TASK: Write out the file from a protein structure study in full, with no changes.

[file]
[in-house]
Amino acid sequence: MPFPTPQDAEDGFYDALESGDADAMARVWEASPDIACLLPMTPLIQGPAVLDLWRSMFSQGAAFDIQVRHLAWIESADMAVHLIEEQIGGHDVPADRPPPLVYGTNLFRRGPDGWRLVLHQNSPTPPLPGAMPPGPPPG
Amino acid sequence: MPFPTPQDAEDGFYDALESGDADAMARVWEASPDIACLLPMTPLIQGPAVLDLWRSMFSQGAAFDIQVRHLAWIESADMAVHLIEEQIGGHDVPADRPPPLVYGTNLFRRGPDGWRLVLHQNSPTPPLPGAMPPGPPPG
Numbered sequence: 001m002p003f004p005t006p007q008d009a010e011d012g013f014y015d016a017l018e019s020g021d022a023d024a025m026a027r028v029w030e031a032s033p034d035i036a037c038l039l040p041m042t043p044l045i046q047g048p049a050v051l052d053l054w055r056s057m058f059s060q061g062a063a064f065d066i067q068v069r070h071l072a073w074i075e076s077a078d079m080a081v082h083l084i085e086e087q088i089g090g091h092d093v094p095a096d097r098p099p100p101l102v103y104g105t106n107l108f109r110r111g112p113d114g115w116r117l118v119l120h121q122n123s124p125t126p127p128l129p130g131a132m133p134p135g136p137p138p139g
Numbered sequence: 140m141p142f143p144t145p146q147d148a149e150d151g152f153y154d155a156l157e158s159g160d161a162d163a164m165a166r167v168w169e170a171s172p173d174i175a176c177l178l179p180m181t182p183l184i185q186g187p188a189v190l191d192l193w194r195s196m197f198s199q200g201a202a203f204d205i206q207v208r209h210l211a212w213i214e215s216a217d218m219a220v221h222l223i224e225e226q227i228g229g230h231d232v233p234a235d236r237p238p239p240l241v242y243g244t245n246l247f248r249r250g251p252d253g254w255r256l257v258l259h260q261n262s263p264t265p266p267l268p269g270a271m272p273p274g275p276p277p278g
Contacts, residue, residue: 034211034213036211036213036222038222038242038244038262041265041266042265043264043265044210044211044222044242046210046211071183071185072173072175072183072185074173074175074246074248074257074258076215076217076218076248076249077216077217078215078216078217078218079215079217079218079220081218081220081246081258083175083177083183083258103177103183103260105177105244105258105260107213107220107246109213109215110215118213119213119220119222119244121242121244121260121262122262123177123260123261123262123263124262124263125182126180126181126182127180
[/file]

[in-house]
Amino acid sequence: MPFPTPQDAEDGFYDALESGDADAMARVWEASPDIACLLPMTPLIQGPAVLDLWRSMFSQGAAFDIQVRHLAWIESADMAVHLIEEQIGGHDVPADRPPPLVYGTNLFRRGPDGWRLVLHQNSPTPPLPGAMPPGPPPG
Amino acid sequence: MPFPTPQDAEDGFYDALESGDADAMARVWEASPDIACLLPMTPLIQGPAVLDLWRSMFSQGAAFDIQVRHLAWIESADMAVHLIEEQIGGHDVPADRPPPLVYGTNLFRRGPDGWRLVLHQNSPTPPLPGAMPPGPPPG
Numbered sequence: 001m002p003f004p005t006p007q008d009a010e011d012g013f014y015d016a017l018e019s020g021d022a023d024a025m026a027r028v029w030e031a032s033p034d035i036a037c038l039l040p041m042t043p044l045i046q047g048p049a050v051l052d053l054w055r056s057m058f059s060q061g062a063a064f065d066i067q068v069r070h071l072a073w074i075e076s077a078d079m080a081v082h083l084i085e086e087q088i089g090g091h092d093v094p095a096d097r098p099p100p101l102v103y104g105t106n107l108f109r110r111g112p113d114g115w116r117l118v119l120h121q122n123s124p125t126p127p128l129p130g131a132m133p134p135g136p137p138p139g
Numbered sequence: 140m141p142f143p144t145p146q147d148a149e150d151g152f153y154d155a156l157e158s159g160d161a162d163a164m165a166r167v168w169e170a171s172p173d174i175a176c177l178l179p180m181t182p183l184i185q186g187p188a189v190l191d192l193w194r195s196m197f198s199q200g201a202a203f204d205i206q207v208r209h210l211a212w213i214e215s216a217d218m219a220v221h222l223i224e225e226q227i228g229g230h231d232v233p234a235d236r237p238p239p240l241v242y243g244t245n246l247f248r249r250g251p252d253g254w255r256l257v258l259h260q261n262s263p264t265p266p267l268p269g270a271m272p273p274g275p276p277p278g
Contacts, residue, residue: 034211034213036211036213036222038222038242038244038262041265041266042265043264043265044210044211044222044242046210046211071183071185072173072175072183072185074173074175074246074248074257074258076215076217076218076248076249077216077217078215078216078217078218079215079217079218079220081218081220081246081258083175083177083183083258103177103183103260105177105244105258105260107213107220107246109213109215110215118213119213119220119222119244121242121244121260121262122262123177123260123261123262123263124262124263125182126180126181126182127180